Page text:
A prosecutor in Southwark Crown Court, Sasha Wass said on Monday that the former Governor of Delta State, Chief James Onanefe Ibori, now facing trial in London has admitted that some of the money he starched away while he was governor of the oil rich state was invested in Oando.
Ibori is serving 13 years jail term in Britain after pleading guilty in February 2012 to 10 count charge of fraud and money-laundering worth 50 million pounds ($79 million) Oando is listed in Lagos, Johannesburg and Toronto stocks exchange.
“The Crown will assert that Oando is a company where James Ibori has hidden assets,” Wass said, giving no further details. Oando is not a party to the case, although British lawyer Andrew Baillie was in court to represent the firm’s interests.
A spokesman for Oando in Lagos told Reuters that in 2004, the company had sold $2.7 million of its foreign exchange earnings for naira in three transactions over about seven months with a company that had turned out to be controlled by Ibori. Oando did not know at the time that Ibori was behind the company, he said.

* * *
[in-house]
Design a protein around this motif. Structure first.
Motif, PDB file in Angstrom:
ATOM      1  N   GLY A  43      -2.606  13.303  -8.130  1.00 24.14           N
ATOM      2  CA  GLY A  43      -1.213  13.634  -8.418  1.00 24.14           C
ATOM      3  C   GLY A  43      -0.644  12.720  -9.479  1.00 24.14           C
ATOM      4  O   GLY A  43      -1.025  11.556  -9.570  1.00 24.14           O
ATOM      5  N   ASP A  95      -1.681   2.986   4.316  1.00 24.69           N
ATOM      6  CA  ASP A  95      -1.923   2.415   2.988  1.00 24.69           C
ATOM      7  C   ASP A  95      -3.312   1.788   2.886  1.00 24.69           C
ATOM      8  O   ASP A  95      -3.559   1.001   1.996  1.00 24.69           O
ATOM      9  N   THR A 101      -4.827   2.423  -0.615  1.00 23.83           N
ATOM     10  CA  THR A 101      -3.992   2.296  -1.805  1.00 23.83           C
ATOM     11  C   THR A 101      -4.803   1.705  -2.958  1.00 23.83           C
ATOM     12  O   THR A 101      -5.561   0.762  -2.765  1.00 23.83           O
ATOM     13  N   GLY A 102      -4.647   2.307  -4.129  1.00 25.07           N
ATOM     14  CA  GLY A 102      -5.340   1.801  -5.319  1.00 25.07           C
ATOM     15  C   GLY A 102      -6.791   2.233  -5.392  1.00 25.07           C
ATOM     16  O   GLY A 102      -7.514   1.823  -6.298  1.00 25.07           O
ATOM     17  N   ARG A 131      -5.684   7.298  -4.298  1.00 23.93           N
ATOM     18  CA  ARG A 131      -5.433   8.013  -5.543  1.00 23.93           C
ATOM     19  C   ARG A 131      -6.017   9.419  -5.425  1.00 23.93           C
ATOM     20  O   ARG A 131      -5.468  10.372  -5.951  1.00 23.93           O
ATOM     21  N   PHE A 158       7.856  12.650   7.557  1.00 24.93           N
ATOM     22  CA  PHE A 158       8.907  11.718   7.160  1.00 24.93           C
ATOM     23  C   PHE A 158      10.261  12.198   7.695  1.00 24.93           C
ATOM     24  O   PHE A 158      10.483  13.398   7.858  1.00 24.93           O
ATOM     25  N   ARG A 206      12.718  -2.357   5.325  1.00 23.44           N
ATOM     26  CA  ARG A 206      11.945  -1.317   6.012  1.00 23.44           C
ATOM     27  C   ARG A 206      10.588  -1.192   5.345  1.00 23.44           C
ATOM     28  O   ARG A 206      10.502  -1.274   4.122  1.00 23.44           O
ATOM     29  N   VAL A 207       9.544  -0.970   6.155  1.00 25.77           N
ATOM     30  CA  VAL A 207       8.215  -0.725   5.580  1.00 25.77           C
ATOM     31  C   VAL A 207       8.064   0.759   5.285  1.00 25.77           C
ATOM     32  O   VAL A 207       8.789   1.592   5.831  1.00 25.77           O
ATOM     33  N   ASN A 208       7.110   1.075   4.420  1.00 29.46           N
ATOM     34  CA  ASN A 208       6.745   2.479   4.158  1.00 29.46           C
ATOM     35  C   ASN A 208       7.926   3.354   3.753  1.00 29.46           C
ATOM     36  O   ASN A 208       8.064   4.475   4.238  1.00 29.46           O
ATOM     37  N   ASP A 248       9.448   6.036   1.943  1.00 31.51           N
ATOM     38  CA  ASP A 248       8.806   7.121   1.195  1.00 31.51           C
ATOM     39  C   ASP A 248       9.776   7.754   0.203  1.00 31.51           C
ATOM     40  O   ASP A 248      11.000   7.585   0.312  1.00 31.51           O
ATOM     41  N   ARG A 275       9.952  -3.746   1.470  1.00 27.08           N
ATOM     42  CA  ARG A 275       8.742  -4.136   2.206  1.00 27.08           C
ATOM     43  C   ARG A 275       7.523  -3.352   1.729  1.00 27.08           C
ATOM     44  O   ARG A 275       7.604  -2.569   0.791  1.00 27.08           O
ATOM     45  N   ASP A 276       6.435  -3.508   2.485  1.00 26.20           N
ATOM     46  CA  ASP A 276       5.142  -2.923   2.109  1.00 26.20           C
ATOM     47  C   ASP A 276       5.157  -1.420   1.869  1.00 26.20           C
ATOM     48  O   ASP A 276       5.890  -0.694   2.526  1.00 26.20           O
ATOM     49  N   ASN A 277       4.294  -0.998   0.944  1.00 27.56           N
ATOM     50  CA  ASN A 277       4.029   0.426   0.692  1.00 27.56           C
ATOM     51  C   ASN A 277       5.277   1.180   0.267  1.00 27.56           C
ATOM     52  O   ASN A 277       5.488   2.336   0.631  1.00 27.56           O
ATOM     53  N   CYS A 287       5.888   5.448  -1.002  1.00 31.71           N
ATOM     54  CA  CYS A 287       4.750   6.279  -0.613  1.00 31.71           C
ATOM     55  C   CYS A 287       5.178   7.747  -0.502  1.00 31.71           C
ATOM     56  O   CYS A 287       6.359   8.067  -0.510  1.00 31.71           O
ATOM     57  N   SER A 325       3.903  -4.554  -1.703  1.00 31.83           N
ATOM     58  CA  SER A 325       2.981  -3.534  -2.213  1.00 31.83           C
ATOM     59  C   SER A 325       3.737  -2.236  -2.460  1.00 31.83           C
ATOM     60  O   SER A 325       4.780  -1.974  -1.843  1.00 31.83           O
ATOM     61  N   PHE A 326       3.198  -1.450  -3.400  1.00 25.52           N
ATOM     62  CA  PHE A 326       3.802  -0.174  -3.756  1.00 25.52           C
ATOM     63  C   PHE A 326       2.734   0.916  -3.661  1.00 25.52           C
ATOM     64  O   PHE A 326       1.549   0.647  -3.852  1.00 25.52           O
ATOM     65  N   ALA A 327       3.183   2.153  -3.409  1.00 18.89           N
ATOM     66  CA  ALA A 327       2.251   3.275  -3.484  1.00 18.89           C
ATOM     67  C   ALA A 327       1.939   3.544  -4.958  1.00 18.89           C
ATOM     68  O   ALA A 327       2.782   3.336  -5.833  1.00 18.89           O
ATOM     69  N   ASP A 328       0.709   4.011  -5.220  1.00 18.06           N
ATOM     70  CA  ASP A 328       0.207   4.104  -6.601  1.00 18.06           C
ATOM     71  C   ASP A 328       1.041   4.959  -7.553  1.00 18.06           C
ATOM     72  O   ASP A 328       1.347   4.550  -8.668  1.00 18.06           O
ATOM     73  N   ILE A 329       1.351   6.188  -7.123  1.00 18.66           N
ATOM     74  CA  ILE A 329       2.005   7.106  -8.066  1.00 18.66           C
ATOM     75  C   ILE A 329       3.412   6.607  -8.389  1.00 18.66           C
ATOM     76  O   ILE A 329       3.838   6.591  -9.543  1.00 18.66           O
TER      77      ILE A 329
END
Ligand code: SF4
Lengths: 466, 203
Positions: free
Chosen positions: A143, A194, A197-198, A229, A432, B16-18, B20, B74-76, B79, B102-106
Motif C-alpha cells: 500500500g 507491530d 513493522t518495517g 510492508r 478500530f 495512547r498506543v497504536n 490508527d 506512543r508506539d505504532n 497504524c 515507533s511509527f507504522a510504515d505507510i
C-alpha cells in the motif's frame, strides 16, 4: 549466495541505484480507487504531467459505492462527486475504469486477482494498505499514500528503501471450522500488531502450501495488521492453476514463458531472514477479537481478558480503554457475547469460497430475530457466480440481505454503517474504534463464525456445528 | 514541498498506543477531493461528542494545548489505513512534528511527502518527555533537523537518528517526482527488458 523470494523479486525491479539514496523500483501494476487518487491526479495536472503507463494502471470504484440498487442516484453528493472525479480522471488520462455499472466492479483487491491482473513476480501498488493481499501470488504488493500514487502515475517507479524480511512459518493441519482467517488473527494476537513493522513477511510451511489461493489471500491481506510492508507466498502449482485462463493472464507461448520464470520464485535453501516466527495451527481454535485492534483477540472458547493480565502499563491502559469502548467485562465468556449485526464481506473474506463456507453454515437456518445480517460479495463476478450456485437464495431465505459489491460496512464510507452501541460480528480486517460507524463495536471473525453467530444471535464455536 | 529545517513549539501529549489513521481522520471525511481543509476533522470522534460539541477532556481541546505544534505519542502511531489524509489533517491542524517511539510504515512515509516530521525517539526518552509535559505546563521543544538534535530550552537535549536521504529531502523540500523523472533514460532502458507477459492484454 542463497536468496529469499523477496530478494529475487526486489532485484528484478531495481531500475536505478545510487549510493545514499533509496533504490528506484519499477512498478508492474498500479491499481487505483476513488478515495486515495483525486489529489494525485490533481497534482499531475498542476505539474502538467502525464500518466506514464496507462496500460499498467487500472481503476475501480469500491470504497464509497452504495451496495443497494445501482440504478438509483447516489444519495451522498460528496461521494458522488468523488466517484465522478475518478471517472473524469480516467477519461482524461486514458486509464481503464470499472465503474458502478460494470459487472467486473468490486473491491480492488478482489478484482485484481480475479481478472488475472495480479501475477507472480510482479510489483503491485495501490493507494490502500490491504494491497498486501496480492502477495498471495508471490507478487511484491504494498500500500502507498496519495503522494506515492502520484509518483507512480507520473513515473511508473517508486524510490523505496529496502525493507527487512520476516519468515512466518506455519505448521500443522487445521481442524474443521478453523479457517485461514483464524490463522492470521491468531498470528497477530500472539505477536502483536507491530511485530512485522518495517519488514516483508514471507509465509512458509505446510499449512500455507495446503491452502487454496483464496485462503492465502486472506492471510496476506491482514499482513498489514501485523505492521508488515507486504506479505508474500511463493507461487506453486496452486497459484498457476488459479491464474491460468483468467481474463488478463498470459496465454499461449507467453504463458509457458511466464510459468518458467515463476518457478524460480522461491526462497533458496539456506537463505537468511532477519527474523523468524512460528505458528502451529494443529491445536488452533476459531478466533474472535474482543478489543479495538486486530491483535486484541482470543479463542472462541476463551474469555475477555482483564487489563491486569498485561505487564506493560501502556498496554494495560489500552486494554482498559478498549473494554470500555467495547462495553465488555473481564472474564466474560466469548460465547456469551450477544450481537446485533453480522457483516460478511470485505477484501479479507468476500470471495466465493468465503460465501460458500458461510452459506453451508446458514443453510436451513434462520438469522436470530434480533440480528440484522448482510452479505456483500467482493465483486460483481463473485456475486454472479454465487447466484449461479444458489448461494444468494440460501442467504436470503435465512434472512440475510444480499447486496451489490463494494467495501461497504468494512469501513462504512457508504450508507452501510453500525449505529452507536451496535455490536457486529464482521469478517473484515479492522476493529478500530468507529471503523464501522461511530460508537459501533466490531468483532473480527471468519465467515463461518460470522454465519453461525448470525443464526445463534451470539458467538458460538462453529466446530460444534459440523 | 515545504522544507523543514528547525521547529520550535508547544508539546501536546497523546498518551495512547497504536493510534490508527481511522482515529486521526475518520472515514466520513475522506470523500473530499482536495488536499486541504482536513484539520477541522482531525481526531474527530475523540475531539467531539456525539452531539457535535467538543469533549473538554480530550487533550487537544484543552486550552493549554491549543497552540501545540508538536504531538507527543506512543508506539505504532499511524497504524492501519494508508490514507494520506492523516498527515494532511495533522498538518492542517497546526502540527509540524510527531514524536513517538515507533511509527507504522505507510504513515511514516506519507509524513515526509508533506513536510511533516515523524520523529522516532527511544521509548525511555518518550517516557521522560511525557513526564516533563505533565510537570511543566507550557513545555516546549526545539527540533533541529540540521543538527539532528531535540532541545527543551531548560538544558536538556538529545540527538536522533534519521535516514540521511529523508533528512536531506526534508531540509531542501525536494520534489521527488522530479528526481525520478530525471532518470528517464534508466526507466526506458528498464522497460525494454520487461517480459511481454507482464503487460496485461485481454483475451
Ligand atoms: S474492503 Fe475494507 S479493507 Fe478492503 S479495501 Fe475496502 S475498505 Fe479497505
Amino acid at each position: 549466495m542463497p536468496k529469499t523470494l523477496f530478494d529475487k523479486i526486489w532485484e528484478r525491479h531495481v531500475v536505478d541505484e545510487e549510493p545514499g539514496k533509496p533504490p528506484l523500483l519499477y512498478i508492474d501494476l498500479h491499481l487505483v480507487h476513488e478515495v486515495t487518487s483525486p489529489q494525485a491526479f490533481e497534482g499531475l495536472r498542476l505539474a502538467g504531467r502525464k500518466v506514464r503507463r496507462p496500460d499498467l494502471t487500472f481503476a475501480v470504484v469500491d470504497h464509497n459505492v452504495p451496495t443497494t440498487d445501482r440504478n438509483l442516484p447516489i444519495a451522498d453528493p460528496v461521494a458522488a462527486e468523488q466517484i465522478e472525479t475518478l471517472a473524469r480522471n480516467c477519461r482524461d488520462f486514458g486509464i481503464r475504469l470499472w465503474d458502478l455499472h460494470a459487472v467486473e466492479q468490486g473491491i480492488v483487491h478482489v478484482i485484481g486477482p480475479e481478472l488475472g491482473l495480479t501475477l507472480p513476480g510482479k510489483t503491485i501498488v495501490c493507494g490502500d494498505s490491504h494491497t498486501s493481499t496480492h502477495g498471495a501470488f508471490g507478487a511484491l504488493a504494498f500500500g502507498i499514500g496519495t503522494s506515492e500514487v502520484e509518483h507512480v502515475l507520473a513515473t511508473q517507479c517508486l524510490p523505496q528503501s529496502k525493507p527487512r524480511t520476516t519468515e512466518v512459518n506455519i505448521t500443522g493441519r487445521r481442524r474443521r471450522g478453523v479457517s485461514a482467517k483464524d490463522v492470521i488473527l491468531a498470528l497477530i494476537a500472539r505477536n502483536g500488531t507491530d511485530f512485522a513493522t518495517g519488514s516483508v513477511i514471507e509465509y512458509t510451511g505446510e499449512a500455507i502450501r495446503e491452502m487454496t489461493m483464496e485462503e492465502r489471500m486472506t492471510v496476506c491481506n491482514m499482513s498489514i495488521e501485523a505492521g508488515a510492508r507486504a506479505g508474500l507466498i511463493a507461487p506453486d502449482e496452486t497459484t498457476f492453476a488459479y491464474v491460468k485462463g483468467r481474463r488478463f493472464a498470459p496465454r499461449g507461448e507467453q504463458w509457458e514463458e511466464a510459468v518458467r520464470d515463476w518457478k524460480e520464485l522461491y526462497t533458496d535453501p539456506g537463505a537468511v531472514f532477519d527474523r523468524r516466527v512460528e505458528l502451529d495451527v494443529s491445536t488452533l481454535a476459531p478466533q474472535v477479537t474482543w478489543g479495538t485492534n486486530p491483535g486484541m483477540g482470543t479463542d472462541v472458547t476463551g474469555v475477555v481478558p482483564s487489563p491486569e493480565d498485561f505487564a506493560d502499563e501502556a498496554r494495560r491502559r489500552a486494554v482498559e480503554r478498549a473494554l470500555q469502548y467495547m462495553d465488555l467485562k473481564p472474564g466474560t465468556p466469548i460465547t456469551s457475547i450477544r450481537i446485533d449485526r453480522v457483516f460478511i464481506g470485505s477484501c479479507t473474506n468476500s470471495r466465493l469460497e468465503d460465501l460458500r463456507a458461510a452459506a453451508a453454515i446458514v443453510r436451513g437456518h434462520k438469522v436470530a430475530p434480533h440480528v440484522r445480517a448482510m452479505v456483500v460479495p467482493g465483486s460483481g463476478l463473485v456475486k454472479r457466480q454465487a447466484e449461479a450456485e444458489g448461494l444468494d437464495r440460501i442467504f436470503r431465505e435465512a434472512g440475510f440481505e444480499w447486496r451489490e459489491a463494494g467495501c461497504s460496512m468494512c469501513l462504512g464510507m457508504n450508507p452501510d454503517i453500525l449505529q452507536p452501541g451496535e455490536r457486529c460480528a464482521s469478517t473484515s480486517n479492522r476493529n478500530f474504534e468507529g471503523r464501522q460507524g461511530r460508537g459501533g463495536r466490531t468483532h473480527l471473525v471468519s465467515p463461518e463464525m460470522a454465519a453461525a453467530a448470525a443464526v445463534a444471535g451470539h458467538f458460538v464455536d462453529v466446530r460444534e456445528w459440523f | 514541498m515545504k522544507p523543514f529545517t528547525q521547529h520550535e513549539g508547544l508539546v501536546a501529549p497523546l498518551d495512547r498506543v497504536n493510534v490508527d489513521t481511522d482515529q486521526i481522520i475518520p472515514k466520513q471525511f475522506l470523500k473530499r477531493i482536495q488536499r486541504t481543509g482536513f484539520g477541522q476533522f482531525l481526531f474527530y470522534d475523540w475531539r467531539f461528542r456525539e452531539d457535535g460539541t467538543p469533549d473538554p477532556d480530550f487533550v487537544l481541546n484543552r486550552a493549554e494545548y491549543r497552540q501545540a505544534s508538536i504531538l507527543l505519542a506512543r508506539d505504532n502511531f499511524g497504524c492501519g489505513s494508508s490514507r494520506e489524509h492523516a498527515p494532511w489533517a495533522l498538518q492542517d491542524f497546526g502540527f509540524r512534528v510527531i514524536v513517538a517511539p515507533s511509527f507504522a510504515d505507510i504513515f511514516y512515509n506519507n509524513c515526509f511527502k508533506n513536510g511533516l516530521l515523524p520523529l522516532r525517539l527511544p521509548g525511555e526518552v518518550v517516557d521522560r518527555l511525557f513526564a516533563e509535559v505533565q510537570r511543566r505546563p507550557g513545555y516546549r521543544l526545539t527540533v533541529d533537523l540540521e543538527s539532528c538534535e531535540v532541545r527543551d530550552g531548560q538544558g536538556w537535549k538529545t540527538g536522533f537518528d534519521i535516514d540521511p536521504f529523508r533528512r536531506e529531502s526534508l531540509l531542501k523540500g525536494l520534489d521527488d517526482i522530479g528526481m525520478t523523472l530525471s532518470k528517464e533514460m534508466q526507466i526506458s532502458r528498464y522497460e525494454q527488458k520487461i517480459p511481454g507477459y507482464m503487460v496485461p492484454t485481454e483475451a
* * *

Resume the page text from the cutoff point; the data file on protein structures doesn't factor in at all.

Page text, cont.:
The spokesman also said that at present, Ibori had an “insignificant” shareholding in Oando.
At the time of Ibori’s sentencing in April 2012, Judge Anthony Pitts said the 50 million pounds that he had admitted to stealing may be a “ludicrously low” fraction of his total booty, which could be more than 200 million pounds.
Wass said Nuhu Ribadu, a former head of Nigeria’s anti-graft agency EFCC, would testify later in the hearing. He alleges that in 2007, Ibori tried to stop EFCC investigations into his affairs by offering Ribadu a bribe of $15 million in cash.
Ibori, who is at Long Lartin maximum security prison in central England, could be released as early as 2016 after spending two years in custody before his sentencing and will be eligible for parole halfway through his prison term.
Ibori was not in court today but his lawyer Ivan Krolick said Ibori did not wish to attend the confiscation hearing although he would come to court to give evidence if necessary.